The Cayman Islands new coalition government will have at least 13 members, possibly as many as 15, by the time it is sworn in Wednesday morning.
All seven elected Progressives party members will join the government bench and likely will make up the majority of ministerial positions, although those posts were still under discussion as of Tuesday afternoon.
Three independent members, including Dwayne “John John” Seymour from Bodden Town East, will join the government’s ranks. Mr. Seymour became the coalition’s newest member Monday night after holding a meeting in his home district where the vast majority of those who attended urged him to take the position.
Hundreds of people came to the hastily called meeting at the James M. Bodden Civic Centre Monday night, when Mr. Seymour asked everyone in attendance to stand. “OK, those of you who do not accept me taking up a minister’s post with the new government, please sit,” he said.
Everyone in the room remained standing.
Mr. Seymour thanked his supporters and told them he believed Bodden Town needed a voice in Cabinet. He said the Progressives-led coalition had already been formed and that the government would continue with or without him, so he believed it was best to take the position offered.
In addition to Mr. Seymour, independents Tara Rivers, from West Bay South, and Austin Harris, from Prospect, have also joined the coalition.
A fourth potential member, George Town Central’s Kenneth Bryan, said he had written to the Progressives Tuesday asking to join the government. If he received a positive response, Mr. Bryan said, he would confer with constituents Tuesday evening and, if they approved, he would be willing to join. Mr. Bryan’s decision to write to the Progressives was surprising since he was attacked by Premier Alden McLaughlin more than any other candidate on the campaign trail. He had previously worked for Mr. McLaughlin as his political assistant before being fired in March 2015.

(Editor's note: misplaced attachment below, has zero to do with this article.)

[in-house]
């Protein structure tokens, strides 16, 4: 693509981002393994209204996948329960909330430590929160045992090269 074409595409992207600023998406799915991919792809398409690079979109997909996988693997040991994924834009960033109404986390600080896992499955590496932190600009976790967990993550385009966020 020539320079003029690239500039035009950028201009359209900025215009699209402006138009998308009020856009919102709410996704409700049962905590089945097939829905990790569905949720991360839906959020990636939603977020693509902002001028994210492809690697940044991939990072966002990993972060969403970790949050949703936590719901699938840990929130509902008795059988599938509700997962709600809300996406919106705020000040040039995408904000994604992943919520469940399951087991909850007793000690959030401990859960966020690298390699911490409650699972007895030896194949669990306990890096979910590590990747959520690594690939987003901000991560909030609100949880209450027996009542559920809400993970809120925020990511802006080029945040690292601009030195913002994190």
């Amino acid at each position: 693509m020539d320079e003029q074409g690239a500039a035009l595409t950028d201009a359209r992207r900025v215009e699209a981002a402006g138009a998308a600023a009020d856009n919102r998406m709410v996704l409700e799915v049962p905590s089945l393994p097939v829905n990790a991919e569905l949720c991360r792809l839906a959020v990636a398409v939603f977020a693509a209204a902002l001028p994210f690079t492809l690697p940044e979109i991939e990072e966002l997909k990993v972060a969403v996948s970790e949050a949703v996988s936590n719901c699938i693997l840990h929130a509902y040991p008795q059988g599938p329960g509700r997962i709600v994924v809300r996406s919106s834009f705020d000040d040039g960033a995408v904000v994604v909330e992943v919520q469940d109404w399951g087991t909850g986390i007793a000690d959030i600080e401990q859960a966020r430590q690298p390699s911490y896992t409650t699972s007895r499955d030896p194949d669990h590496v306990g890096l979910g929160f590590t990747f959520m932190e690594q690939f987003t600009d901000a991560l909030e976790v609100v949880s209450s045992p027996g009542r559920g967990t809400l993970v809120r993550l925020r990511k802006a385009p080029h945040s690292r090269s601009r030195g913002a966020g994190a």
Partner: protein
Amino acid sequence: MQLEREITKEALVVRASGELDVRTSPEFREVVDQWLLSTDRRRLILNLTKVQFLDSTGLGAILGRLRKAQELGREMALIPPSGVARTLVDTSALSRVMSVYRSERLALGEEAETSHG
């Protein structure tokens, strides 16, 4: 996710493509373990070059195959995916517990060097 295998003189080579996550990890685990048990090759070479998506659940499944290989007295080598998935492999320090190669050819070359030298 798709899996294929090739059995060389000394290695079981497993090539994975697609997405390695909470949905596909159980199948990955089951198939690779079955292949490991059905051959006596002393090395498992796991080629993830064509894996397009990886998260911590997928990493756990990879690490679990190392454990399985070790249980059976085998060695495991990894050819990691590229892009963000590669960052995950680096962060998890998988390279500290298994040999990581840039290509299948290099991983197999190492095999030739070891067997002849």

“I told the voters I would work with anyone in government, and I meant that” Mr. Bryan said. Progressives officials said the government was considering Mr. Bryan’s offer.
A potential fifth independent member, Bodden Town West’s Chris Saunders, was being considered to join the “national unity” coalition, but no decision had been reached either way by press time Tuesday.
Mr. Saunders attended Mr. Seymour’s meeting in Bodden Town Monday night and said he supported his friend’s decision to take the minister’s seat.
Cayman Democratic Party leader McKeeva Bush has joined the coalition but will not get a vote in the Legislative Assembly after taking up the House Speaker’s position. Fellow CDP members Bernie Bush and Capt. Eugene Ebanks will sit on the government benches.
The arrangement will leave the Progressives with seven votes in the ruling government, the CDP with two and the independent members with three – four if Mr. Bryan joins and five if Mr. Saunders joins.
That means the majority vote on the government side will likely still be controlled by the Progressives, but the government could be put in a tight spot if whatever proposal it makes does not find support from independent and CDP members.
One issue government will probably have to deal with immediately after being formed is the thorny Legal Practitioners Bill, which failed in the 11th hour of the previous government’s term.